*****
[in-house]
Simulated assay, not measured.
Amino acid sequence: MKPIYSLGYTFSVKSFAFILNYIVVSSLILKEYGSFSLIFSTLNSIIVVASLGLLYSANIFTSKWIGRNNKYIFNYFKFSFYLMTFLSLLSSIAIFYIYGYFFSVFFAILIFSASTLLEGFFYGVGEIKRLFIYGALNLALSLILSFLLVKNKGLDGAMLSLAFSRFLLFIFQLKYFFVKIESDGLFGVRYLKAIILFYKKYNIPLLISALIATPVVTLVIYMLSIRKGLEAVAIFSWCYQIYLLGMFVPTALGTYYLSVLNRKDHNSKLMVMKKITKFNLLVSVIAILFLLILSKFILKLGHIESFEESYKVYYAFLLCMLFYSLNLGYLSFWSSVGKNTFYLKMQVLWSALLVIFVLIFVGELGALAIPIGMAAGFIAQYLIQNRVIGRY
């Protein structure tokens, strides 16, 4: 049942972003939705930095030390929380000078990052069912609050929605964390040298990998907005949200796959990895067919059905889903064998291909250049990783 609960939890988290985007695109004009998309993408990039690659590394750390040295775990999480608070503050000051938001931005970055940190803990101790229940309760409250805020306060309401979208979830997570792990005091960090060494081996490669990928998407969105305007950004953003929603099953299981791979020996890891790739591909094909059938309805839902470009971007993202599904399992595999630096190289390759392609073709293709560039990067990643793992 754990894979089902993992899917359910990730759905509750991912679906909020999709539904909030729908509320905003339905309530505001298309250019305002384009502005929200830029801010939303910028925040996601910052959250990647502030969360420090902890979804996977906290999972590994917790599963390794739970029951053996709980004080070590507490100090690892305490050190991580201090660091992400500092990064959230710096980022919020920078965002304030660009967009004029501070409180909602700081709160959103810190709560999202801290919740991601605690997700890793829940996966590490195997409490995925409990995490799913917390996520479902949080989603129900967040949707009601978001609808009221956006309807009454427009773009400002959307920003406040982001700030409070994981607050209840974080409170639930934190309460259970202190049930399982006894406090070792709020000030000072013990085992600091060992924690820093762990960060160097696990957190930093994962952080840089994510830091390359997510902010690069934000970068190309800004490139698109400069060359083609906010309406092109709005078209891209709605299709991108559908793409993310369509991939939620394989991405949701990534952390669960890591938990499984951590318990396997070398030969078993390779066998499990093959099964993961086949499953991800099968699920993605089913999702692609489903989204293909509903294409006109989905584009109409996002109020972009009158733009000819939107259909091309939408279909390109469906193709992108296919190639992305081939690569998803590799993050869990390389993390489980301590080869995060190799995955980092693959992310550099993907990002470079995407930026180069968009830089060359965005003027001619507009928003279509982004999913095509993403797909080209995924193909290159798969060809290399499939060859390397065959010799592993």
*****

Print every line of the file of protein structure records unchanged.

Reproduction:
[in-house]
Simulated assay, not measured.
Amino acid sequence: MKPIYSLGYTFSVKSFAFILNYIVVSSLILKEYGSFSLIFSTLNSIIVVASLGLLYSANIFTSKWIGRNNKYIFNYFKFSFYLMTFLSLLSSIAIFYIYGYFFSVFFAILIFSASTLLEGFFYGVGEIKRLFIYGALNLALSLILSFLLVKNKGLDGAMLSLAFSRFLLFIFQLKYFFVKIESDGLFGVRYLKAIILFYKKYNIPLLISALIATPVVTLVIYMLSIRKGLEAVAIFSWCYQIYLLGMFVPTALGTYYLSVLNRKDHNSKLMVMKKITKFNLLVSVIAILFLLILSKFILKLGHIESFEESYKVYYAFLLCMLFYSLNLGYLSFWSSVGKNTFYLKMQVLWSALLVIFVLIFVGELGALAIPIGMAAGFIAQYLIQNRVIGRY
């Protein structure tokens, strides 16, 4: 049942972003939705930095030390929380000078990052069912609050929605964390040298990998907005949200796959990895067919059905889903064998291909250049990783 609960939890988290985007695109004009998309993408990039690659590394750390040295775990999480608070503050000051938001931005970055940190803990101790229940309760409250805020306060309401979208979830997570792990005091960090060494081996490669990928998407969105305007950004953003929603099953299981791979020996890891790739591909094909059938309805839902470009971007993202599904399992595999630096190289390759392609073709293709560039990067990643793992 754990894979089902993992899917359910990730759905509750991912679906909020999709539904909030729908509320905003339905309530505001298309250019305002384009502005929200830029801010939303910028925040996601910052959250990647502030969360420090902890979804996977906290999972590994917790599963390794739970029951053996709980004080070590507490100090690892305490050190991580201090660091992400500092990064959230710096980022919020920078965002304030660009967009004029501070409180909602700081709160959103810190709560999202801290919740991601605690997700890793829940996966590490195997409490995925409990995490799913917390996520479902949080989603129900967040949707009601978001609808009221956006309807009454427009773009400002959307920003406040982001700030409070994981607050209840974080409170639930934190309460259970202190049930399982006894406090070792709020000030000072013990085992600091060992924690820093762990960060160097696990957190930093994962952080840089994510830091390359997510902010690069934000970068190309800004490139698109400069060359083609906010309406092109709005078209891209709605299709991108559908793409993310369509991939939620394989991405949701990534952390669960890591938990499984951590318990396997070398030969078993390779066998499990093959099964993961086949499953991800099968699920993605089913999702692609489903989204293909509903294409006109989905584009109409996002109020972009009158733009000819939107259909091309939408279909390109469906193709992108296919190639992305081939690569998803590799993050869990390389993390489980301590080869995060190799995955980092693959992310550099993907990002470079995407930026180069968009830089060359965005003027001619507009928003279509982004999913095509993403797909080209995924193909290159798969060809290399499939060859390397065959010799592993």